Role of the supervisor: Monitoring and assessing staff performance, identifying training needs, selecting appropriate methods to develop staff, helping staff to put into practice what they have learned, motivating and leading the team, taking initiative, able to defuse and resolve conflict, demonstrating fairness in decision-making, monitoring the impact of staff development.

    Implementation of training and coaching: Recognising what training and coaching is required, planning training and coaching to fit the needs of the business and the staff, setting objectives, using appropriate techniques (shadowing to allow observation of best practice by an experienced member of staff/expert, providing one-to-one support to staff members through mentoring, classroom training in a specific environment on specific subjects, role play can be used to simulate situations and improve interpersonal skills, use of on-line training), monitoring and evaluating the outcome of the training.

    Importance of providing feedback to staff: To motivate, to assist personal development and growth, to identify further training and development needs, to aid target setting, to ensure staff understand the aims/objectives/performance requirements against targets of the business, to assist the development of the team.

  • Outcome 2: Understand how to develop a customer service culture within your business

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    Role of the supervisor: Demonstrating good customer service skills (personal presentation, knowledge of products and services, communication and listening skills, anticipating customers needs and expectations, creating unique customer service experiences, dealing with and rectifying customer problems promptly), communicating team goals, working according to organisational procedures, demonstrating a positive attitude, effective leadership.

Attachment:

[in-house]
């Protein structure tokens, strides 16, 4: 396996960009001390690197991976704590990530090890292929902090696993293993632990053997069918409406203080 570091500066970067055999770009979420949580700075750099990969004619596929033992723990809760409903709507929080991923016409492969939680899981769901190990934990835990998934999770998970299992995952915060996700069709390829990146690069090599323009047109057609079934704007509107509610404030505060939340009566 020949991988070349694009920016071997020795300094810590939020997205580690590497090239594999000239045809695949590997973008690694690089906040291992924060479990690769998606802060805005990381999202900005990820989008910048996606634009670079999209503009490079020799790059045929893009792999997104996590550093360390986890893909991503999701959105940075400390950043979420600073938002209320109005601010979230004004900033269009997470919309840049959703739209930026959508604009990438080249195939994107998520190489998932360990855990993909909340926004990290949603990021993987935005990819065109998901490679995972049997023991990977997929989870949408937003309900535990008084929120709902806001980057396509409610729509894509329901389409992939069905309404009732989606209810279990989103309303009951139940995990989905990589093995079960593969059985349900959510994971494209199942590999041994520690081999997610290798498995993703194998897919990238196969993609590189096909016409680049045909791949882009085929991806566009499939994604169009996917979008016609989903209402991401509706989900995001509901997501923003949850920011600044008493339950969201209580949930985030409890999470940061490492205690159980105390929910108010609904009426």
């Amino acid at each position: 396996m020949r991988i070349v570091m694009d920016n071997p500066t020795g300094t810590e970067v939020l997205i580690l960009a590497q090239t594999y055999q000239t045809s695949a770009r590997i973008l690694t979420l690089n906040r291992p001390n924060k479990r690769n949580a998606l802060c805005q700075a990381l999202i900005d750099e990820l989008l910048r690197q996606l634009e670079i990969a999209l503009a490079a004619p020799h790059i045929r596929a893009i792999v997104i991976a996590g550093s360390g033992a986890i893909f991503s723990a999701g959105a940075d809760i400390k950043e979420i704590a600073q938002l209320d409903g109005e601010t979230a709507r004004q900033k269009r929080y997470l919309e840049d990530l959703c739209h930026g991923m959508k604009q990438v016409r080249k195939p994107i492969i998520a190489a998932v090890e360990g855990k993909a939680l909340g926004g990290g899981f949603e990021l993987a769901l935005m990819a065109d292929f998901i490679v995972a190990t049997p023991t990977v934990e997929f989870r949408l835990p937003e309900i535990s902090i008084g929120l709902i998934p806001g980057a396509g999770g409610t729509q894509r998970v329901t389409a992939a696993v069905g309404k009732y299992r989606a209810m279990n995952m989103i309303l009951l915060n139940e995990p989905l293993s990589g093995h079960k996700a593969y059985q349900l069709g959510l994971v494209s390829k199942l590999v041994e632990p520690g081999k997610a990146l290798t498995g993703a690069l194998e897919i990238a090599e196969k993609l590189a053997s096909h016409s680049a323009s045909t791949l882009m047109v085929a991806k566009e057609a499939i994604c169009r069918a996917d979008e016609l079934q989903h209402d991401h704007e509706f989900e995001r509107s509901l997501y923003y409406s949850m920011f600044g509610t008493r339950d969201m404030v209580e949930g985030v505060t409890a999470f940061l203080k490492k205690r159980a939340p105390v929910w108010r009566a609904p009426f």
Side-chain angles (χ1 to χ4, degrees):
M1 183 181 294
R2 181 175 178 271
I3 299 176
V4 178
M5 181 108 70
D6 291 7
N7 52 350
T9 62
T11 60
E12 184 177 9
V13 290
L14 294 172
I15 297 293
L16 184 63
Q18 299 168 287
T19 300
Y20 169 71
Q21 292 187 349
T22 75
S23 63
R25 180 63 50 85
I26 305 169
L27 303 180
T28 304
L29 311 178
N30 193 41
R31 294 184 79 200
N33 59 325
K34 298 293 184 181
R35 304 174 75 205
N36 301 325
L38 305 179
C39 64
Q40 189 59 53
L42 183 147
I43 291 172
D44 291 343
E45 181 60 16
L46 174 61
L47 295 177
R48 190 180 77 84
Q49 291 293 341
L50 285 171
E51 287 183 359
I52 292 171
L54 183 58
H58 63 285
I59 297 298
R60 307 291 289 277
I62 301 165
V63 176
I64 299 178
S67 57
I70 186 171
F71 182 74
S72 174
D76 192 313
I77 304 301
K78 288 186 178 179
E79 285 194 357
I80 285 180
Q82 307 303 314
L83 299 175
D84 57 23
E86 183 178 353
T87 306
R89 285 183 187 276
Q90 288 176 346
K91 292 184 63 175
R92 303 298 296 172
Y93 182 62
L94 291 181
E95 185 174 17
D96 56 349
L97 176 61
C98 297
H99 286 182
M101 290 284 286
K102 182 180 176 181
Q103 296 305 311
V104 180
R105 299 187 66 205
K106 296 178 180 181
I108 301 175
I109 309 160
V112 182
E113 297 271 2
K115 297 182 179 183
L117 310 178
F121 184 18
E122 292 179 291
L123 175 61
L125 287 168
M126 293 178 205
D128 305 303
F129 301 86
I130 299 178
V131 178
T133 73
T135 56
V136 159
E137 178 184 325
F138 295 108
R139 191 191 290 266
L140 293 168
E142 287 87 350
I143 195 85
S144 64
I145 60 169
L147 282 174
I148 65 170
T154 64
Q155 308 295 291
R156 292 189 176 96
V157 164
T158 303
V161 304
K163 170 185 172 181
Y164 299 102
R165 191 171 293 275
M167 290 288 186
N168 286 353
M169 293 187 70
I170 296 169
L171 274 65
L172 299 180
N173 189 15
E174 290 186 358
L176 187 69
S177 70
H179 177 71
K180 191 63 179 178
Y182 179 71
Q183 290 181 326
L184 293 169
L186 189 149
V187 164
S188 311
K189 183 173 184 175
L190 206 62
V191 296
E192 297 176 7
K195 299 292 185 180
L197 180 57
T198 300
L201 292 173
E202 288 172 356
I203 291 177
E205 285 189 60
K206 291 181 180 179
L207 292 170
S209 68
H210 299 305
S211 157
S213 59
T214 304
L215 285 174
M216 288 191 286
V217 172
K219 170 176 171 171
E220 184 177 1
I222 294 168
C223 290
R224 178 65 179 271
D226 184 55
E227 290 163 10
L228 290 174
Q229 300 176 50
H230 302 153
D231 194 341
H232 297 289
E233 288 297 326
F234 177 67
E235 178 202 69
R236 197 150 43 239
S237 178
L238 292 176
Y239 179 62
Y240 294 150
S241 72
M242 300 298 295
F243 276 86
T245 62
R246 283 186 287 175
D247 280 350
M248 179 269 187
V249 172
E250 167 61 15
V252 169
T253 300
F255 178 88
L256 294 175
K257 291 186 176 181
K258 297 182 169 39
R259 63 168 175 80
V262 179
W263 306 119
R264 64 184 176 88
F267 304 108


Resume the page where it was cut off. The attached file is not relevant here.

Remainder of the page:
Impact of customer service: Increased sales and productivity, enhanced reputation, repeat business and brand loyalty, referred customers, fewer complaints, reduced staff turnover, increased job satisfaction and staff motivation, increased competitiveness, mitigates the risks of negative feedback (loss of business, damaged reputation, cost of damage repair).

    Relationship between delivering customer service and selling services: Customer loyalty is as a direct result of delivering customer service satisfaction, staff are able to build rapport with customers through person to person interaction, value can be added to the products and services through the staff description of them, the customers needs can be established and products and services matched to them, building relationships with customers can have a direct impact on the number of sales, upselling and cross-selling, repeat business and enhancing the organisations reputation.

    Monitor delivery of customer service: Organisational standards (the way business is conducted, what is deemed

    as acceptable and expected behaviour, standards of performance), techniques (use of performance indicators, analysis of customer feedback, investigation and analysis of complaints, use of mystery shoppers, using information to review and improve standards).

  • Outcome 3: Understand how to effectively monitor and communicate levels of customer service performance

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    Importance of developing and implementing clear customer service standards: Benefits (allows standardisation of practices and procedures, encourages consistency in the level of service provided, enables staff to complete jobs and tasks in a set way to achieve the same outcome and level of service, encourages transparency of service and provision), must be clear/measurable/written/accessible/appropriate to product or service.

    Appropriate ways in which supervisors can monitor and measure the performance of team members: Self-assessment and target setting, using customer feedback (surveys, informal comments, complaints, mystery shopping), using financial data to indicate performance (turnover, repeat business, profit), monitoring performance against team objectives, using appraisal and performance review, observation, benchmarking.

    Appropriate corrective actions that can be taken to resolve failures: Investigate what has gone wrong, determine the cause of the problem, offer support and development to underperforming team members, involve staff in the process, consider revision of team responsibilities, review and evaluate working arrangements and practices, feedback any changes to staff, apologise and resolve customer problems.

    Recording and communicating performance against customer service standards: Verbally (in team meetings or one-to-ones), in writing (reports, memos, emails, target scoreboard).

    Improving staff performance: Identify areas for improvement, identify areas of good practice, identify training needs, re-evaluate customer needs/expectations, indicate the need to implement new initiatives (loyalty schemes, incentives, prices), lead to the amendment of standards of performance.

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    Notes Use this area for notes and diagrams